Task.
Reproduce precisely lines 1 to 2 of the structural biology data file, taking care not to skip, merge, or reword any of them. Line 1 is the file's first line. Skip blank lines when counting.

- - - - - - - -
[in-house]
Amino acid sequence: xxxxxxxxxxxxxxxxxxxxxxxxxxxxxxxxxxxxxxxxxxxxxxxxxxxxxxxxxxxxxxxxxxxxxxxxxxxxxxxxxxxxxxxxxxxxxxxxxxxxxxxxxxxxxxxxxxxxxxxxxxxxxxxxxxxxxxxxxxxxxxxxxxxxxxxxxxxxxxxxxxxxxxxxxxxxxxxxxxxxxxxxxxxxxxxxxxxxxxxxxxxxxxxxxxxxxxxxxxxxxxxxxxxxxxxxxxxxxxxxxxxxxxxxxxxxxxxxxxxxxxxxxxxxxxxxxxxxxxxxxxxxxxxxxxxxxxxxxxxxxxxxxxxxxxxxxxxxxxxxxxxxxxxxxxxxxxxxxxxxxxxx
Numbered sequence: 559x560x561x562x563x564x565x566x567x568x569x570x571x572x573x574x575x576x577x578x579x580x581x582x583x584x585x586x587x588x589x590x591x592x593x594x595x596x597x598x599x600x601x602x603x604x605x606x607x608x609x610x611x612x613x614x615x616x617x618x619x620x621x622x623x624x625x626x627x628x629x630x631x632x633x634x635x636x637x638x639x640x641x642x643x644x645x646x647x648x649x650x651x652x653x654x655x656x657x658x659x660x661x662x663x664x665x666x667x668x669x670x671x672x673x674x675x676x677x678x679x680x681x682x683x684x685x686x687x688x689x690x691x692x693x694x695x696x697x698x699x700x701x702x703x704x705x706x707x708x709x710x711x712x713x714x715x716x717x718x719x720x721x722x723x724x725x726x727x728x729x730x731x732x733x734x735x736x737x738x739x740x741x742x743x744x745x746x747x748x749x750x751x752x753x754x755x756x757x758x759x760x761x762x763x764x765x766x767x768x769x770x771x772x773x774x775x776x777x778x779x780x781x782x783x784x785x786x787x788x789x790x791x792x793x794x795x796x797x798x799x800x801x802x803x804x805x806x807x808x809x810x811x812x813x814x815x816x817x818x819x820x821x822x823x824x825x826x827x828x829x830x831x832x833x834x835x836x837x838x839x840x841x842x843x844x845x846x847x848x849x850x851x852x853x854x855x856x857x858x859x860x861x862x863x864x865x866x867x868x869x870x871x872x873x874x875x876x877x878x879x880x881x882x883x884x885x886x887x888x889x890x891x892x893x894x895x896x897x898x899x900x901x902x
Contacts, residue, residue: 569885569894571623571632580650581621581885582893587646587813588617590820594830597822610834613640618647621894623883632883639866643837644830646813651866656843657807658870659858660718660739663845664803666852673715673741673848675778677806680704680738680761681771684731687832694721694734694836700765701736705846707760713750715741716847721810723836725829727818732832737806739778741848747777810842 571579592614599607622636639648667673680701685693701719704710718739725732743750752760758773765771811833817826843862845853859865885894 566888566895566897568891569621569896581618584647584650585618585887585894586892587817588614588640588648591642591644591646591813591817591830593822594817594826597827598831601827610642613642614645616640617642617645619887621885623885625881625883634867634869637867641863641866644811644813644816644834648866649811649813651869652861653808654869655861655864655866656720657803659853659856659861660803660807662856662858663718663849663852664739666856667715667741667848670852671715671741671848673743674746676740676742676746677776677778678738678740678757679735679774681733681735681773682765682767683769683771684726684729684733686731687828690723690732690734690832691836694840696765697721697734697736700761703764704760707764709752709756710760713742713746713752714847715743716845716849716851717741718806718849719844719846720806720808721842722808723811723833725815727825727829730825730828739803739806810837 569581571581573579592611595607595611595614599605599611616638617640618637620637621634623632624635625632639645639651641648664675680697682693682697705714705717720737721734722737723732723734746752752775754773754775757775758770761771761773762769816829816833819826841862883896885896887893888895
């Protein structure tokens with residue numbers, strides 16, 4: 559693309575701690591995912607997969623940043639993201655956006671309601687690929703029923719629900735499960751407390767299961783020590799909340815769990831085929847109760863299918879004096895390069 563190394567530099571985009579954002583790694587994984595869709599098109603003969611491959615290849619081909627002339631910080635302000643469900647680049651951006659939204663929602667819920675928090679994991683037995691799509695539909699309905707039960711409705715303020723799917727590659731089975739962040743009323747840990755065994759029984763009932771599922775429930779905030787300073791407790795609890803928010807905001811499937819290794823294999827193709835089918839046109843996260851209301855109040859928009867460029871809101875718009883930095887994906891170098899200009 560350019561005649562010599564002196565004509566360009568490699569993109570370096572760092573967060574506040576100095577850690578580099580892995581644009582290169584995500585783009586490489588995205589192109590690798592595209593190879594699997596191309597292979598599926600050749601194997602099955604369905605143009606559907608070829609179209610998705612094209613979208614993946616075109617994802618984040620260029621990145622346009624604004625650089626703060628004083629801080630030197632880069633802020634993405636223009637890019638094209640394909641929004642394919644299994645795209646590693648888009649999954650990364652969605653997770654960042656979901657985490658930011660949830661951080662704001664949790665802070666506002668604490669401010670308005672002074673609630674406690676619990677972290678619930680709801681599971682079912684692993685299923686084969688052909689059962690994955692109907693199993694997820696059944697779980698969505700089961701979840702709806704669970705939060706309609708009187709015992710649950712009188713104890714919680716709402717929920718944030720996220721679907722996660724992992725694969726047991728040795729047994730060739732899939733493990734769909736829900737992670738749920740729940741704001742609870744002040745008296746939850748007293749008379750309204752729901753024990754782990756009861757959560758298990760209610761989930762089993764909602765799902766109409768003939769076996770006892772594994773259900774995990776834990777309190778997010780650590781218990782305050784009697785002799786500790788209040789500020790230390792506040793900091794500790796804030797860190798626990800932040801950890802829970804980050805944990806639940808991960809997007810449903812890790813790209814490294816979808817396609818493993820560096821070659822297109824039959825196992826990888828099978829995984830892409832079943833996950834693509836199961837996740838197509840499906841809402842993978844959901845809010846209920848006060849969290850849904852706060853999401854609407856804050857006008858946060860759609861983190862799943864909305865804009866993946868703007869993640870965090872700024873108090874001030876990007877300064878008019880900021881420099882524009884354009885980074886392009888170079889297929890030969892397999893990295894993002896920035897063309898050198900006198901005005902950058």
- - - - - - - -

[in-house]
Amino acid sequence: xxxxxxxxxxxxxxxxxxxxxxxxxxxxxxxxxxxxxxxxxxxxxxxxxxxxxxxxxxxxxxxxxxxxxxxxxxxxxxxxxxxxxxxxxxxxxxxxxxxxxxxxxxxxxxxxxxxxxxxxxxxxxxxxxxxxxxxxxxxxxxxxxxxxxxxxxxxxxxxxxxxxxxxxxxxxxxxxxxxxxxxxxxxxxxxxxxxxxxxxxxxxxxxxxxxxxxxxxxxxxxxxxxxxxxxxxxxxxxxxxxxxxxxxxxxxxxxxxxxxxxxxxxxxxxxxxxxxxxxxxxxxxxxxxxxxxxxxxxxxxxxxxxxxxxxxxxxxxxxxxxxxxxxxxxxxxxxxxxxxxxxx